Mental Health Researchers

A few years ago, the Journal Science published an article in which several neuroscientists gave their thoughts on what the future held for their field over the coming several years. One researcher suggested it was time for some effort to be given to the matter of spontaneous remission, such as is commonly seen in depression. Clearly there must be a mechanism by which the brain recovers from depression on its own. Despite the fact that spontaneous remission (and self-recovery in general) is so commonplace in mental disorders, it has not had the research interest that it deserves. So we ask: What is the mechanism (or mechanisms) underlying self-remediation, which has such a broad reach across disparate conditions, both medical and psychological in nature?

We may have inadvertently stumbled upon the answer. Perhaps unsurprisingly, these findings are traceable to the multi-dimensional clinical world, rather than to the world of the academic researcher. First, let us frame the problem: The existence of “spontaneous remission” of depression, for example, means that the depressed brain is in principle capable of functioning normally-even without the aid of pharmacology. What then has changed in such a brain? If we can identify what has changed, perhaps that change can be more systematically induced, or at least supported.

We assert that a complete description of brain function must in principle exist which concerns itself entirely with the bioelectrical domain, without reference to mechanisms of neurochemical implementation. Hence neuromodulation must also be explainable in bioelectrical terms. Even though such a description of the brain is only in its beginnings, it is tantalizing to propose that the salient change in brain function accompanying spontaneous remission occurred in the bioelectrical domain. Efficacy of electro-convulsive shock therapy for depression, which also proceeds without pharmacological augmentation, is in support of this proposition.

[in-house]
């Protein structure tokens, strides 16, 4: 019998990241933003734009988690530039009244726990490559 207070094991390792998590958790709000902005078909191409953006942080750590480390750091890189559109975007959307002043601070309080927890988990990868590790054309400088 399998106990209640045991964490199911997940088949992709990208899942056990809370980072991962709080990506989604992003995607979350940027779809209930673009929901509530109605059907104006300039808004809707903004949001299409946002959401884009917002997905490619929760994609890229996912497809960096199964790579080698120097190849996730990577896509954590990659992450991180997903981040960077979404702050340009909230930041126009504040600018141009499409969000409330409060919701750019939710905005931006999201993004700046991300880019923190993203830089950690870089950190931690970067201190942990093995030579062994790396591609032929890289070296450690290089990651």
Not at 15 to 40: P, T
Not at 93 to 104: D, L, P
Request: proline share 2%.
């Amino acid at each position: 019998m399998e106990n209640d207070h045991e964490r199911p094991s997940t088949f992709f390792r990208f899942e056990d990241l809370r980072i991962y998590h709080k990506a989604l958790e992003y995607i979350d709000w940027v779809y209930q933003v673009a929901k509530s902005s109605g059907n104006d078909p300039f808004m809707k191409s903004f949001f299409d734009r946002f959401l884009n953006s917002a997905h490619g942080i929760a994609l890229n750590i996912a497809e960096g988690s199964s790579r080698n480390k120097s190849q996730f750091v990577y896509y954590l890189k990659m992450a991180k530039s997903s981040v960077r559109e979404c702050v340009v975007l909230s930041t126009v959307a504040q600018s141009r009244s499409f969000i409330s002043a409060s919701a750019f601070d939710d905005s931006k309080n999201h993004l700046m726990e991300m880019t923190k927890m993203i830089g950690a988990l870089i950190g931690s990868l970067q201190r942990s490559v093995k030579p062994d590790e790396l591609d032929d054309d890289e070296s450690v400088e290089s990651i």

We further propose that the hierarchical organization of brain function in general, and of neuromodulation in particular, is effected by the rhythmic organization of brain activity, mediated by well-known thalamic rhythmic EEG generators, or pacemakers. It has been known for over twenty years that operant conditioning of these thalamic rhythmic generators can effect remediation of susceptibility to seizures in cats, monkeys and in human subjects. In recent years, clinical work has shown that such operant conditioning can aid in the remediation of a wide variety of psychopathology. The existence of such a possibility has already been foreshadowed for us by the ubiquitous “spontaneous recovery.” What we may have found is a means of systematically replicating, or inducing, the effect we have collectively referred to as “spontaneous” or “self-remediation.”

However, by obtaining these results through systematic training of the brain’s own self-regulatory software, we expect that the brain may benefit more permanently, and this indeed appears to be the case. It has also been found that the EEG-based training of thalamocortical rhythms has much broader application-even to conditions not known for spontaneous recovery, such as Attention Deficit Hyperactivity Disorder; the long-term consequences of stroke and head injury, and dementia in the aged, to cite several examples.